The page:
We’ve discussed how to apply to the Vectorworks Design Scholarship, what you get if you win, and best practices for applying — but what does it actually mean to win? How can the scholarship affect your professional career and be the major résumé booster that it promises to be? To find out, we caught up with Martha Carter and Morgan Price, who took home a 2015 Vectorworks Design Scholarship, to see what they’re up to now and how winning jumpstarted their careers.
Carter and Price were masters’ of fine art students at the University of California, Irvine who had taken on a variety of projects over the years in their specific niches: lighting design and scenic design. So, when Carter and Price joined forces to work on The Electra Project in 2015, they had no idea that their experimental production would win a Vectorworks Design Scholarship and have a huge impact on their careers. Together they created a spectacular production while overcoming significant hurdles, such as working across borders, time zones, and language barriers with the director of the play, Mihai Măniuțiu, the Artistic Director and General Manager of the National Theatre of Cluj-Napoca in Romania.
For Carter and Price to best communicate their vision across thousands of miles with the director, they turned to Vectorworks software to produce renderings and digital 3D models. “It’s such a powerful tool to communicate and organize ideas,” says Carter. For students applying to the scholarship, both Carter and Price recommend emphasizing the visual aspects of a project, ensuring they’re the highest possible quality and reflective of the actual production.
Since winning the scholarship and graduating, Carter, who has been pursuing lighting design since she was 14, has been freelancing on many types of productions in the Los Angeles area. She cites winning the free license of Vectorworks Designer as one of the biggest advantages of the scholarship. “I use Vectorworks with every design, whether it’s theatrical or event oriented, or even for laying out the floor plan for a dance production,” says Carter. “I don’t know how I would do my job without it.”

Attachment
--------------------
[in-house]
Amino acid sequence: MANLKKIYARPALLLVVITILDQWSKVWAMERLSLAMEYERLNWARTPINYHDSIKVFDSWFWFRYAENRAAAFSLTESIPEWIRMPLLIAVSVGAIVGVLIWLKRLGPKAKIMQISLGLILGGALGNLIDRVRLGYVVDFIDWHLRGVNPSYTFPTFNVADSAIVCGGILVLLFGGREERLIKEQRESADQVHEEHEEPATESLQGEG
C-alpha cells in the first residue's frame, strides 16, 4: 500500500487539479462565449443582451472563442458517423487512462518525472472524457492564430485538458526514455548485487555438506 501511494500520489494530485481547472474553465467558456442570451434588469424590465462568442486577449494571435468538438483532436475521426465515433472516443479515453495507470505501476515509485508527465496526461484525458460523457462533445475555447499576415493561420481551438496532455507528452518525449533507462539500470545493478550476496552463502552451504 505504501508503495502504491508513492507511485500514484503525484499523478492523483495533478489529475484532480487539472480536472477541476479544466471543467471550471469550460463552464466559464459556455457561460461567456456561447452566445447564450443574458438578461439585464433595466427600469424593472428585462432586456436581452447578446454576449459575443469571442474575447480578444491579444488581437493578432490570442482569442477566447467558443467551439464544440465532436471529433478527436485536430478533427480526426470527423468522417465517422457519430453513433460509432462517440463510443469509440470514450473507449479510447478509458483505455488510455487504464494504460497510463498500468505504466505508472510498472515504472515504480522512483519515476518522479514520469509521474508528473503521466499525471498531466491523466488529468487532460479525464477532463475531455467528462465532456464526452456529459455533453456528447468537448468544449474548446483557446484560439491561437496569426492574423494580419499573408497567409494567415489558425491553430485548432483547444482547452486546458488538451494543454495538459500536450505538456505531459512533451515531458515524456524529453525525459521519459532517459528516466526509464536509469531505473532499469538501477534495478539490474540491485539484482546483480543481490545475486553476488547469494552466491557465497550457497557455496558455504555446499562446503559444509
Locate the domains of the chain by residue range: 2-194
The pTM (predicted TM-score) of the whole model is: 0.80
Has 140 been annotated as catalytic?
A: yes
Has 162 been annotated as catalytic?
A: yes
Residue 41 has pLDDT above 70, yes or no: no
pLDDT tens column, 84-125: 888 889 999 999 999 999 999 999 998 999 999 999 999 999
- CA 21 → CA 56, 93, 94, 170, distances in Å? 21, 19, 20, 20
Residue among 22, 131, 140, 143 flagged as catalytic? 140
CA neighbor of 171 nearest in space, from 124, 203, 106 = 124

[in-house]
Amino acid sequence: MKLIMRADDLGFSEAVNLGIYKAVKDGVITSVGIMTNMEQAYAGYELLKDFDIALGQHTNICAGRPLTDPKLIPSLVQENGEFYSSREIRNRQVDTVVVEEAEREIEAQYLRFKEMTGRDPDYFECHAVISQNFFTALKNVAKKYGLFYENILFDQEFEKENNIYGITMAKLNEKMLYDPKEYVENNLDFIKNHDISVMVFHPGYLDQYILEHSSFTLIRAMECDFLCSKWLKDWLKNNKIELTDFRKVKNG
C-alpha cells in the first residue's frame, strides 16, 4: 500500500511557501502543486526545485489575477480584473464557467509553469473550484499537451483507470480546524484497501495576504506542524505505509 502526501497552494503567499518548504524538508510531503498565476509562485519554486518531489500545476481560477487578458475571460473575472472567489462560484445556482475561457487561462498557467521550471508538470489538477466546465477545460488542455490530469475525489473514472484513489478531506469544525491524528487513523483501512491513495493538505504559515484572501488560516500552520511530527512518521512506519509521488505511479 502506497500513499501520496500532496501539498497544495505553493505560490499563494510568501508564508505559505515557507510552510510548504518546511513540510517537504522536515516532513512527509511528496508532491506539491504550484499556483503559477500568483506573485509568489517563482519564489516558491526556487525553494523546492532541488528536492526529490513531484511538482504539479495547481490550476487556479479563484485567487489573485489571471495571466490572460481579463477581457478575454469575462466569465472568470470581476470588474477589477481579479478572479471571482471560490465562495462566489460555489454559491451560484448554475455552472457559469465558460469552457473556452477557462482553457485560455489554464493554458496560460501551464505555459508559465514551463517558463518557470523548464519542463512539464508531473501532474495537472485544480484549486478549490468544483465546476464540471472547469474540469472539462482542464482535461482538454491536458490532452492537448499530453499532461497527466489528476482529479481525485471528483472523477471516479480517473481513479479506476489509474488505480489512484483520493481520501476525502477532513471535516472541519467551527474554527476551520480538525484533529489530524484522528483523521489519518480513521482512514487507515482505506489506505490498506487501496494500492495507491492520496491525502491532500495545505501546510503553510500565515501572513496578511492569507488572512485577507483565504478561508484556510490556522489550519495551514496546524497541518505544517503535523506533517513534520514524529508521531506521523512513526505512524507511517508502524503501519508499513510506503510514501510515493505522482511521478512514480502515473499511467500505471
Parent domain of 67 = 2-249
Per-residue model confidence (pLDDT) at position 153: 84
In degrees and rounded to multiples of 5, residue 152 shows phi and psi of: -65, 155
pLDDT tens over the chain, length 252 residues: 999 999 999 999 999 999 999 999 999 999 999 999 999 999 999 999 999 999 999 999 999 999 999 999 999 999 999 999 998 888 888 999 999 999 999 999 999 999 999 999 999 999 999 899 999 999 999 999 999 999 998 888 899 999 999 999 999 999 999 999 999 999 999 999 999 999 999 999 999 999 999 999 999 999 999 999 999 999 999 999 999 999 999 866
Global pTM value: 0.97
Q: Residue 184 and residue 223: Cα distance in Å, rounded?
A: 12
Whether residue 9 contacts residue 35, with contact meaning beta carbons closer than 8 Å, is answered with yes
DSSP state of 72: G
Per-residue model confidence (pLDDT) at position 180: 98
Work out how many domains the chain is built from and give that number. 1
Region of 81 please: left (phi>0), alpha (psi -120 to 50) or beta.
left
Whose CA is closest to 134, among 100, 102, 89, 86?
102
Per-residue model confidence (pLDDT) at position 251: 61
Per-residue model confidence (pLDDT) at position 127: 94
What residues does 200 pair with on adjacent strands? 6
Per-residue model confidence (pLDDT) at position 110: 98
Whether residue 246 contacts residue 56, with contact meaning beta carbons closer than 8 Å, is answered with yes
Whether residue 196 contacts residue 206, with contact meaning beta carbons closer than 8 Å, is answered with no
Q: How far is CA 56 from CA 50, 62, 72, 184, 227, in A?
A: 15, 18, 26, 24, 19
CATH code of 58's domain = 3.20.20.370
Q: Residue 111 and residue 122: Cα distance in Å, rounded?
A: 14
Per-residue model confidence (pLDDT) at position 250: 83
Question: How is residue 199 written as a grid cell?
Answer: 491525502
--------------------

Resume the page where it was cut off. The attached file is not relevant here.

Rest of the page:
Within her freelance work, Carter’s been able to work on a wide variety of projects, such as Peter Pan and Evita in Panama City, Panama and a dance convention with Break the Floor Productions, where she was challenged to light two new dances every day. Carter was also recognized by the LA Times for her lighting of A Chorus Line at the Chance Theater, saying, “Lighting, superbly designed by Martha Carter, denotes the transitions. Whenever the action turns inward, the lights shift from the bright, flat, naturalistic illumination of the audition to the dimension and color of the mind.” When she’s not freelancing, Carter teaches lighting design and Vectorworks software to high-school students part time at Orange County School of the Arts.
Price has also been busy since graduating in June 2016. She has worked as a draftsperson on a number of plays in Los Angeles, helping translate designers’ ideas from hand drawings to sophisticated computer drafts and digital renderings, sometimes even designing portions of shows. Price lands most of her new clients by impressing people with her drafting skills. “I don’t know how I would have gotten the jobs that I have if it weren’t for Vectorworks,” says Price. “My knowledge of the software has given me such incredible job opportunities, and opened the door for me to work with amazing designers in LA and meet more potential clients through them.”
One such occasion afforded Price the opportunity to work on the Shonda Rhimes TV show, The Catch on ABC. While Price was initially hired as an Art Department Production Assistant, within a few weeks she had impressed the production designer with her skills that she was given more responsibilities such as helping the set designer with drafting and the occasionally editing of drafts for the lighting designers. Her work wowed the production designer so much that she is bringing Price along to her next project, Future Man from Seth Rogen, as an Art Department Coordinator.
In their free time, Carter and Price devote their efforts toward developing feminist productions. “We have a lot of ideas, but essentially we want to create work that inspires women and minorities to have a voice,” says Carter. “We’re commissioning playwrights to write productions that will hopefully inspire new artists and designers.”
On winning the scholarship, the two are beyond grateful for the prize money, which they’ve used to fund their vision. “I just want to say thanks to Vectorworks,” says Price. “The scholarship was so helpful financially in pursuing the first feminist piece that Martha and I had been wanting to put together. It allowed us to get together a rough reading of a play with actors and minimal scenic and lighting elements. We plan to continue developing the work over the next few years and hopefully get it on its feet.”
If you’re looking to jumpstart your career and win some fuel for your visions, then don’t hesitate to apply to the Vectorworks Design Scholarship. If you need a little more inspiration before applying, check out other previous winners.